Presentation on theme: "Strategy Analysis and Choice"— Presentation transcript:
1 Strategy Analysis and Choice Chapter 6Strategy Analysis and Choice
2 Strategic Analysis & Choice Re-visit the MissionRevise, create, or maintain missionSet Long-Term ObjectivesGenerate feasible alternativesEvaluate alternativesChoose courses of action
3 The Strategy Formulation Analytical Framework (Figure 6-2) Stage 1: The Input StageExternal Analysis Internal Analysis SWOT AnalysisStage 2: The Matching StageRe-visit Mission and Set Long Term ObjectivesGenerate feasible alternative Corporate StrategiesStage 3: The Decision StageEvaluate and Choose Corporate Strategies
4 Why Are Clear Objectives Needed? To Provide Direction To Provide PurposeTo Allow Synergy To Aid in EvaluationsTo Establish Priorities To Reduce UncertaintyTo Minimize Conflicts To Stimulate ExertionTo Allocate Resources To Design JobsTo Motivate Managers & EmployeesRealisticMeasurableUnderstandableQuantitative
5 Create, revise Mission Statement Statement of the purpose of the organizationDescribes the organization in terms of:CustomersProducts or servicesMarketsBasic beliefs about growth, public image, employeesRemember Hershey’s evolving Mission StatementPurpose of Mission:Communication ToolDecision-Making Tool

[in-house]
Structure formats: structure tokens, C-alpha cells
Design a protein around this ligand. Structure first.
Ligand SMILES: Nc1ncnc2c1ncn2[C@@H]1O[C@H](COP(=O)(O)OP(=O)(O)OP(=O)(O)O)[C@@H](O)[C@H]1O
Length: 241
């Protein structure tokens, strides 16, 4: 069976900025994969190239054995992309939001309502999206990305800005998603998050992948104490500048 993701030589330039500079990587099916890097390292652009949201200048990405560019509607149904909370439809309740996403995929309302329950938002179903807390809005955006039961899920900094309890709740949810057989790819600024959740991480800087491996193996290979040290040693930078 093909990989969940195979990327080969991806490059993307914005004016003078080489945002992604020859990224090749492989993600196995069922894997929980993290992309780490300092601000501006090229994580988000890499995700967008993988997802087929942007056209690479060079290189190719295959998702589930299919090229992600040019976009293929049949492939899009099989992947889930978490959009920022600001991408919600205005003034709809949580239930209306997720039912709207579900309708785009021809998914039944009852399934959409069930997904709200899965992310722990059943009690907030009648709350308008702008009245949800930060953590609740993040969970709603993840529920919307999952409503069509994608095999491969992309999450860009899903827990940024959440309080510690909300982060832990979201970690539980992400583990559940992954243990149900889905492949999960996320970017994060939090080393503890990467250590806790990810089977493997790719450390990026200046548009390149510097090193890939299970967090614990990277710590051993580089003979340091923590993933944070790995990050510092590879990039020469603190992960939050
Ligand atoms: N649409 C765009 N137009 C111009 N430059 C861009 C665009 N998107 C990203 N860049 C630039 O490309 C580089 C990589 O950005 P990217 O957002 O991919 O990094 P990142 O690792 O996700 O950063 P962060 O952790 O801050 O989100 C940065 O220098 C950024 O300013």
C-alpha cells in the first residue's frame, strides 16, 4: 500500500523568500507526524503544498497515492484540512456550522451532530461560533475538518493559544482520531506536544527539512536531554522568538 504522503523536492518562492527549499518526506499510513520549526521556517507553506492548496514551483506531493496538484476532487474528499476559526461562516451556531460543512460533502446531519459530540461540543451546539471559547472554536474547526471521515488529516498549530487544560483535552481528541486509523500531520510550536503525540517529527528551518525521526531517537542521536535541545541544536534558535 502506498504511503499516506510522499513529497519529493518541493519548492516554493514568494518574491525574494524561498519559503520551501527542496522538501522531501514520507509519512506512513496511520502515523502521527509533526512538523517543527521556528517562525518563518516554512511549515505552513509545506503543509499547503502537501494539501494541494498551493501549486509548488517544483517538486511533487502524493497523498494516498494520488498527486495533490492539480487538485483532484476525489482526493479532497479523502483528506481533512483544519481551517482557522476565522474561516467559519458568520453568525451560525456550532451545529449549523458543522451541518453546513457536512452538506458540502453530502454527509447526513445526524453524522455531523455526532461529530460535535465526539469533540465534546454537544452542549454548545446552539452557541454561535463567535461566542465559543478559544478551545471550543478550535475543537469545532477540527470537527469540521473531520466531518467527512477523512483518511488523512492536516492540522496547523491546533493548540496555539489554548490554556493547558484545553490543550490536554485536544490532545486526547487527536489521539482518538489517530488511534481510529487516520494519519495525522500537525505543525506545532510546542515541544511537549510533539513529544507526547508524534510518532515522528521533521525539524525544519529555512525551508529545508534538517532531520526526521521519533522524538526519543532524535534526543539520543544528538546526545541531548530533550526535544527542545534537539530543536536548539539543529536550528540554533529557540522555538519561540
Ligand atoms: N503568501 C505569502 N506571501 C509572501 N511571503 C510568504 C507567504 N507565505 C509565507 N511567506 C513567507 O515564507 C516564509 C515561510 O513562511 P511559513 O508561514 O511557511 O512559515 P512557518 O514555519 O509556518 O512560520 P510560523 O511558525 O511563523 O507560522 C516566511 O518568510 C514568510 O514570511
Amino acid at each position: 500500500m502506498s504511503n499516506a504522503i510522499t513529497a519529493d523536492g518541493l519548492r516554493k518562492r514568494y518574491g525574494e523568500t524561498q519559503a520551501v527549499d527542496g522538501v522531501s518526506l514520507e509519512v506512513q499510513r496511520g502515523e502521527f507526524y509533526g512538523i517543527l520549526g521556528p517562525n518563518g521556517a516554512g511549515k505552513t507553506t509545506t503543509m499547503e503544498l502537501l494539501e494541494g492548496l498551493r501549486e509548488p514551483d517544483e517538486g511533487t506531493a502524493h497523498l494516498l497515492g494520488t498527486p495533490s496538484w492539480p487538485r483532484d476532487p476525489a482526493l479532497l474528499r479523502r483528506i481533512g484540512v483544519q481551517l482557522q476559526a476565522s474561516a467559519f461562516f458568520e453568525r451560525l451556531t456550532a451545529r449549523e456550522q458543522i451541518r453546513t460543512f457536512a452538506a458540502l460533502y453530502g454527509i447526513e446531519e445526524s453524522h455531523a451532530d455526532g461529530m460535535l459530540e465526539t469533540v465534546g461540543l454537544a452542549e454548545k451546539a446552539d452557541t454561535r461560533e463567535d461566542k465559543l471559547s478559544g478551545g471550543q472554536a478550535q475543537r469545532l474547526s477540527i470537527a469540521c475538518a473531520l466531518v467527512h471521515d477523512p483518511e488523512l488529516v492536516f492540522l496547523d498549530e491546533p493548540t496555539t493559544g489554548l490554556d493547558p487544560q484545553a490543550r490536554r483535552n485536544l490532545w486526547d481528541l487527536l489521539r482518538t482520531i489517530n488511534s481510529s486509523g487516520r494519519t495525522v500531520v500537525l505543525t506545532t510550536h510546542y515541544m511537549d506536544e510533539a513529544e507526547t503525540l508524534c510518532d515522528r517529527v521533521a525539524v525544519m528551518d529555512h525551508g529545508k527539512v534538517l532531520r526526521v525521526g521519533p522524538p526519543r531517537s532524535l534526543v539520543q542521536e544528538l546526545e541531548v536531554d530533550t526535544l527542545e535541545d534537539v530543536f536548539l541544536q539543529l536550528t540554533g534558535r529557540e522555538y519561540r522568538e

6 Long Term Objectives - Areas Quantitative AreasProfitabilityProductivityGrowthShareholder WealthMarket PositionTechnological LeadershipQualitative AreasReputationSocial ResponsibilityEmployees
7 Quantitative Areas Profitability Productivity Growth Net profit margin; ROI; ROEProductivityLower costs (% of sales CGS, S&A)Activity ratiosGrowthIncreases in sales, assets, net incomeCompetitive PositionMarket Share
8 Technological Leadership Shareholder WealthEPS; Dividends; Shareholder Value (stock)Industry specific metrics
9 Qualitative AreasEmployee RelationsSocial ResponsibilityReputationThese areas have long term objectives that can be measured.
10 Corporate Strategies The overall managerial game plan. How management plans to achieve mission and objectives.
15 Tools for Formulating and Choosing Corporate Strategies 1. Portfolio Analysis
16 Relative Market Share Position in the Industry The BCG MatrixRelative Market Share Position in the IndustryHigh Medium LowHighMedium 0LowStars (II)Question Marks (I)Industry Sales Growth Rate (Percent)?Cash Cows (III)Dogs (IV)